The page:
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SKOKIE, IL - APRIL 19: Neo-Nazi protestors organized by the National Socialist Movement demonstrate near where the grand opening ceremonies were held for the Illinois Holocaust Museum & Education Center (Photo by Scott Olson/Getty Images)

While the world is experiencing a global pandemic, white supremacists reportedly discussed plotting to use coronavirus as a bioweapon against their so-called enemies.

Federal officials last month assembled a brief about online discussions among known white racially motivated violent extremists (WRMVEs) groups that discussed using coronavirus as a bioweapon against people of color and law enforcement, in particular, according to Yahoo! News.

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The documents show that the extremist believed it was their “obligation” to spread the virus, the report says. The discussions took place on a Telegram app channel that focused on “siege culture,” accelerationism, and the work of neo-Nazi author James Mason.

In the discussions, supremacists used terms like “corona-chan,” “bowlronavirus” (referencing Dylann Roof), and “boogaflu” (modification of the term boogaloo, which is used to reference a future civil war), Complex writes.

They discussed spreading the virus by spending time in public places with those they consider enemies, leaving saliva on door handles at FBI offices, spitting on elevator buttons, spreading germs in non-white neighborhoods and lacing items at crime scenes to expose detectives.

“This possible threat can likely happen due to the fact that WRMVEs have been known to travel abroad to adapt foreign terrorists’ tactics (FTOs),” the document reads. “It is likely that they would be willing to travel to China to bring the coronavirus back to the U.S.”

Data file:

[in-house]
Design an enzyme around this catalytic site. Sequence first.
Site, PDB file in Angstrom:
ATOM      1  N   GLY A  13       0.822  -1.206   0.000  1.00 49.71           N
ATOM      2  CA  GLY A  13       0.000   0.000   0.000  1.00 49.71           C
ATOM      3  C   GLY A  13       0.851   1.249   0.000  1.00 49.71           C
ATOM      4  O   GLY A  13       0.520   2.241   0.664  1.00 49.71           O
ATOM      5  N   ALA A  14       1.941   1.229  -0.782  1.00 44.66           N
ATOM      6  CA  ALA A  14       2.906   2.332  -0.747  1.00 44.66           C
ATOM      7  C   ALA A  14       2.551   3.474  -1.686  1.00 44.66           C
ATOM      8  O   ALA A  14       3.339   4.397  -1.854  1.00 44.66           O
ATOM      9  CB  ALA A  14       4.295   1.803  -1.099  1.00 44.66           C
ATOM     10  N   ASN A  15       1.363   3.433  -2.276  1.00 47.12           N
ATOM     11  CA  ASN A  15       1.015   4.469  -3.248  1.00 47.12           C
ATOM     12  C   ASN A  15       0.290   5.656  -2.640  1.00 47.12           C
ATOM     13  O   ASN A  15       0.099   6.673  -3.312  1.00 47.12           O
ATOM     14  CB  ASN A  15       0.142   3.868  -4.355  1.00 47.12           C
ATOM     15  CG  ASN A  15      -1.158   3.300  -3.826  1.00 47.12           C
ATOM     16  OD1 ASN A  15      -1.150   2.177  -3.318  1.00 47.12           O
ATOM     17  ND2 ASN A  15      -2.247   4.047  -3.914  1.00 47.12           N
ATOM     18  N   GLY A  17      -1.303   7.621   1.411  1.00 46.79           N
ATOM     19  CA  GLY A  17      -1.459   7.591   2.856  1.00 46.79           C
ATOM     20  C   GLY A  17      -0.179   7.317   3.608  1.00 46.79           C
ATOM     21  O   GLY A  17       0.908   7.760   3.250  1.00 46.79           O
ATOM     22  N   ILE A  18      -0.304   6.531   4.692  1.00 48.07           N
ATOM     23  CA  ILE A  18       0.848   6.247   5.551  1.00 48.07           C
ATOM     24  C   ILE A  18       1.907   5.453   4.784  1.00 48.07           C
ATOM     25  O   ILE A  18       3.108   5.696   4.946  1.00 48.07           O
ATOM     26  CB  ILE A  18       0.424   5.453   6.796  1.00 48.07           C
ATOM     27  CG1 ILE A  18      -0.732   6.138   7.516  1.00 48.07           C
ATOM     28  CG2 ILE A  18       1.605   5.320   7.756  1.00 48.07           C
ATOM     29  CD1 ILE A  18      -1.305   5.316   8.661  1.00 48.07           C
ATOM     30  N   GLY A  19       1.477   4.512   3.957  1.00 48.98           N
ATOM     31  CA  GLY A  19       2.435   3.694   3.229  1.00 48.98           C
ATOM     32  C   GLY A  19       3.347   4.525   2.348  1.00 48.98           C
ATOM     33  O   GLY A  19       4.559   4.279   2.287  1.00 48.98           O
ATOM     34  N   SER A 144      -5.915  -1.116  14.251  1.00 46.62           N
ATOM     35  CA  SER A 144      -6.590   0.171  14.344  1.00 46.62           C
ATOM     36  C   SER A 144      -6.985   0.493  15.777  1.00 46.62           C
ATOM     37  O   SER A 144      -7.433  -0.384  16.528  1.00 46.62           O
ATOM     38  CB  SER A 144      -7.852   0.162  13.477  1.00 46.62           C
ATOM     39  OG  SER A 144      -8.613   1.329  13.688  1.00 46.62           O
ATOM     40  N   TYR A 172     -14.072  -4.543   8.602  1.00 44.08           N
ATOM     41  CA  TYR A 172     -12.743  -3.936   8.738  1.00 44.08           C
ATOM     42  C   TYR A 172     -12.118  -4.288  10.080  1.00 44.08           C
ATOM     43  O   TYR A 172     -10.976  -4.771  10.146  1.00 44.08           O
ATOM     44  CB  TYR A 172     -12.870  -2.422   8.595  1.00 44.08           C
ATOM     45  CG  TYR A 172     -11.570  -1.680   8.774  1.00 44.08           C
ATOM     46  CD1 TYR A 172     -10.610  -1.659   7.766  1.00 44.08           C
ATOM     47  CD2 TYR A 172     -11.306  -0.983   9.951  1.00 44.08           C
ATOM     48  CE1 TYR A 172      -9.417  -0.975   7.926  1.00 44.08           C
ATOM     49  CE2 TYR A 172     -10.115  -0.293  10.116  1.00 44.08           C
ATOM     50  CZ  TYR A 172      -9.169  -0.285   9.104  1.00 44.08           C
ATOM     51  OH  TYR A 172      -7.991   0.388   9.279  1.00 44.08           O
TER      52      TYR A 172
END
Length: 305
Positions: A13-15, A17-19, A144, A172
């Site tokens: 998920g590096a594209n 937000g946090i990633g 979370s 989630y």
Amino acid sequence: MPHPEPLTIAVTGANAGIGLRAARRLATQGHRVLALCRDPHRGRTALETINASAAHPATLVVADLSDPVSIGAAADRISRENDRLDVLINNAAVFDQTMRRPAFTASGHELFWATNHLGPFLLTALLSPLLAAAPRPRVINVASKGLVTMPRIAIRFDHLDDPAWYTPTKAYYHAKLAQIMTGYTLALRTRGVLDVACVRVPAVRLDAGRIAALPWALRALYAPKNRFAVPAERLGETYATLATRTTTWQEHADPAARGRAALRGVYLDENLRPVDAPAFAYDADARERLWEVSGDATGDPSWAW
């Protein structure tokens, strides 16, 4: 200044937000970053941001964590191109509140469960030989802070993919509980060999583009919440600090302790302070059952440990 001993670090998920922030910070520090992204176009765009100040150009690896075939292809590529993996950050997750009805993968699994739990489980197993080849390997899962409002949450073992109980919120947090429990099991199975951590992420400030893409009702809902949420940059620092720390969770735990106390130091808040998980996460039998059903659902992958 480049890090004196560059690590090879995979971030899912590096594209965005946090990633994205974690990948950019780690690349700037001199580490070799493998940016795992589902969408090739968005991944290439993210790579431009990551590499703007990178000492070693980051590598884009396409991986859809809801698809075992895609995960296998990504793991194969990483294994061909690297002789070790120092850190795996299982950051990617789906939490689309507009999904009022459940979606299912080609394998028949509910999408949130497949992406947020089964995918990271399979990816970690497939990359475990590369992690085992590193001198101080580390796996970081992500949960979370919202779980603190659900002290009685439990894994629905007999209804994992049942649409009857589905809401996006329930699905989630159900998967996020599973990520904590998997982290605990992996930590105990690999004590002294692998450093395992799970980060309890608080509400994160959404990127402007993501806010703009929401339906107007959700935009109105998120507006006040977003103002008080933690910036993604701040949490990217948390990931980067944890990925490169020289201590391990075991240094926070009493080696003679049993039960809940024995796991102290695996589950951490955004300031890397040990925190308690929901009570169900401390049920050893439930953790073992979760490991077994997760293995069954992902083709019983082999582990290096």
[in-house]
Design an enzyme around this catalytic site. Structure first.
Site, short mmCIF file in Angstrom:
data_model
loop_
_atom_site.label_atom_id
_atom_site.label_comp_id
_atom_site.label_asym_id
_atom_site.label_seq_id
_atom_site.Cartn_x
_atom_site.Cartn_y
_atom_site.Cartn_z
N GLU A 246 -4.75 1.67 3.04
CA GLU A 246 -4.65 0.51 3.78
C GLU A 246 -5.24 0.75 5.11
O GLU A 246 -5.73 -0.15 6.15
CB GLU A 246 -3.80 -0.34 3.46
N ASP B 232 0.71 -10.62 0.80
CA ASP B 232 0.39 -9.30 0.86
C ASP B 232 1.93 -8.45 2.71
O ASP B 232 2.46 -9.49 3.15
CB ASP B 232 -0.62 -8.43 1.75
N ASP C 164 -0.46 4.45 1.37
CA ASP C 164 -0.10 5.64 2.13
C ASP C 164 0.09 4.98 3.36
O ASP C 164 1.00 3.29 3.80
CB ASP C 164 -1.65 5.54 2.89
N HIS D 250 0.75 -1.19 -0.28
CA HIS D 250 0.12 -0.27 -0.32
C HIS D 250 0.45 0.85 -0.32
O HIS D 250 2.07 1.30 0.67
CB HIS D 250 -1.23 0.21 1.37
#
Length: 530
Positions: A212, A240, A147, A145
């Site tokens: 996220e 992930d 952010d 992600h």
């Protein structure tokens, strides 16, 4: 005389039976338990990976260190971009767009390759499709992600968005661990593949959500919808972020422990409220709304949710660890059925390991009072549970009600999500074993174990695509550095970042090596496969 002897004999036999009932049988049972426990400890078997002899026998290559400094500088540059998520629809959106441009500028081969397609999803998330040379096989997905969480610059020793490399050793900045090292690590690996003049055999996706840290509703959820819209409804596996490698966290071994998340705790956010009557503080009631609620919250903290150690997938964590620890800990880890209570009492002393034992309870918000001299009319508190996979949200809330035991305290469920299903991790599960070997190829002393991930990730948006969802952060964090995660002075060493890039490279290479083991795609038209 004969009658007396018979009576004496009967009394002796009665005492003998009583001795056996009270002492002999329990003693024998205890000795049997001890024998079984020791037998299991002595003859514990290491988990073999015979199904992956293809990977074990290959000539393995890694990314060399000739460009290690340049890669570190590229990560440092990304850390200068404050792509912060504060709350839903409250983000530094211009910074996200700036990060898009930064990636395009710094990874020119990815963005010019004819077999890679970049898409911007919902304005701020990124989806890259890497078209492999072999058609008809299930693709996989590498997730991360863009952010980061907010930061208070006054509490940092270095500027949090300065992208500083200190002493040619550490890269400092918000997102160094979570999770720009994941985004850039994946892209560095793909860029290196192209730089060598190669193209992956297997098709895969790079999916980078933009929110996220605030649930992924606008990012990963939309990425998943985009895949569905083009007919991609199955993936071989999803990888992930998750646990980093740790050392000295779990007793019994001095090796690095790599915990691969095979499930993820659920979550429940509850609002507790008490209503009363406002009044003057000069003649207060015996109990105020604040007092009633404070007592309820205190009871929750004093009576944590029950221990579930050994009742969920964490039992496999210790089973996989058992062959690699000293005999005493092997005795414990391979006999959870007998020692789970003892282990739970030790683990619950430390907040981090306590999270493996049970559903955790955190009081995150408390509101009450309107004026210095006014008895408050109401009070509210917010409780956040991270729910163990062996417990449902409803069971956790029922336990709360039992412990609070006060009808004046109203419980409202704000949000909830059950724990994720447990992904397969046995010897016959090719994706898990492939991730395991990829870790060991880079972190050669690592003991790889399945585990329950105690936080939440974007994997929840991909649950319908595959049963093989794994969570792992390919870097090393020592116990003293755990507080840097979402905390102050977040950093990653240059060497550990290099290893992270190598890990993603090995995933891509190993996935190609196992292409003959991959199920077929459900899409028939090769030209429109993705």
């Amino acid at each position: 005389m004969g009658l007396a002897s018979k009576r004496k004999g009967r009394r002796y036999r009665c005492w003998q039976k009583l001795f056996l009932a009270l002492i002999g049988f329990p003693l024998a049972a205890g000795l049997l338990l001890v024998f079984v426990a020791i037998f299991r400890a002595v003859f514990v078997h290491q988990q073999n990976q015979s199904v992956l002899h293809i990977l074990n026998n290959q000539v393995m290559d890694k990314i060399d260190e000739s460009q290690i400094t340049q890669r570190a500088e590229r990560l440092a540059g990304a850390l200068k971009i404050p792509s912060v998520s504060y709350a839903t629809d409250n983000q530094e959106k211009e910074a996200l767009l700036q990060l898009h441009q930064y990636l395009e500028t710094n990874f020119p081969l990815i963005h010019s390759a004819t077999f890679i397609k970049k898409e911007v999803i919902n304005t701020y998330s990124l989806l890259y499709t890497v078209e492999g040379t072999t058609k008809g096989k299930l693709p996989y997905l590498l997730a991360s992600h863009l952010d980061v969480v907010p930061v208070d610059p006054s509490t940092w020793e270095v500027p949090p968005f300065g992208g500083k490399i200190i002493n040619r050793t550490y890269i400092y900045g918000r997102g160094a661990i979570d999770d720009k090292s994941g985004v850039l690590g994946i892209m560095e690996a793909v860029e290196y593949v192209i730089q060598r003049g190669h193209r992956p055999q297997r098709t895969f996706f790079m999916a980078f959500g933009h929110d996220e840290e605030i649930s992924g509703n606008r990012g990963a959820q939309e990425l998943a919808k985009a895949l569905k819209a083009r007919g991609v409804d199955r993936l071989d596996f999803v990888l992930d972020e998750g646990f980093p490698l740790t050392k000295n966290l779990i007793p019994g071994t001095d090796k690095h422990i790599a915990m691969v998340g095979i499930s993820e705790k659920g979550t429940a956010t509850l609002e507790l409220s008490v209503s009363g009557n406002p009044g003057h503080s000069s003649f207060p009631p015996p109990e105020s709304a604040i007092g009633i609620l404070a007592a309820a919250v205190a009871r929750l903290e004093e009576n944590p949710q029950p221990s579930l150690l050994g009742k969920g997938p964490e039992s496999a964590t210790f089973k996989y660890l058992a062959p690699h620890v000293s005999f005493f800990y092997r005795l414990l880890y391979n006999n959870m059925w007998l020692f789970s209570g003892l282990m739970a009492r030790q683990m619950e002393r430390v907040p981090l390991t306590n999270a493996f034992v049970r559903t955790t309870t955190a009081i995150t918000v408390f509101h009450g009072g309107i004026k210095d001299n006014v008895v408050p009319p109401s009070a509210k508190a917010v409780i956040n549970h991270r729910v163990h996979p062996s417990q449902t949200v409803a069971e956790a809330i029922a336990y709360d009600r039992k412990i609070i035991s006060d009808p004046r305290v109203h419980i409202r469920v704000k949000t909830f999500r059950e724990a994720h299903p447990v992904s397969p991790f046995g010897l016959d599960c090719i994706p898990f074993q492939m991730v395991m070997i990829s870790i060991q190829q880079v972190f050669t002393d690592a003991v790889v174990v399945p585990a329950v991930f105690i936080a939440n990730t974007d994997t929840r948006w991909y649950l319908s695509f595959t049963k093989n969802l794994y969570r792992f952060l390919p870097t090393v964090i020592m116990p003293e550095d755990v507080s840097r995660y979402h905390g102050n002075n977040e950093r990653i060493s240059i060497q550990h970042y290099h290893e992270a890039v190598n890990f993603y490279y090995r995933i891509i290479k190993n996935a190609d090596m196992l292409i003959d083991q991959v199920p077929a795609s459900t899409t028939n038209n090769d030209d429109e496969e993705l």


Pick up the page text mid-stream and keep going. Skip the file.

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These threats are quite frightening as the number of coronavirus cases has increased in the U.S. over the last couple of weeks and as of Saturday afternoon that was over 21,300 confirmed U.S. cases.

The Trump administration has come under scrutiny about diminishing a lot of agencies that were put in place to combat domestic terrorists, but according to Business Insider, the FBI has zeroed in on conspiracy theories and identified them as a domestic-terrorism threat.

“The FBI assesses anti-government, identity based, and fringe political conspiracy theories very likely motivate some domestic extremists, wholly or in part, to commit criminal and sometimes violent activity,” the document said.

“The FBI further assesses in some cases these conspiracy theories very likely encourage the targeting of specific people, places, and organizations, thereby increasing the likelihood of violence against these targets.”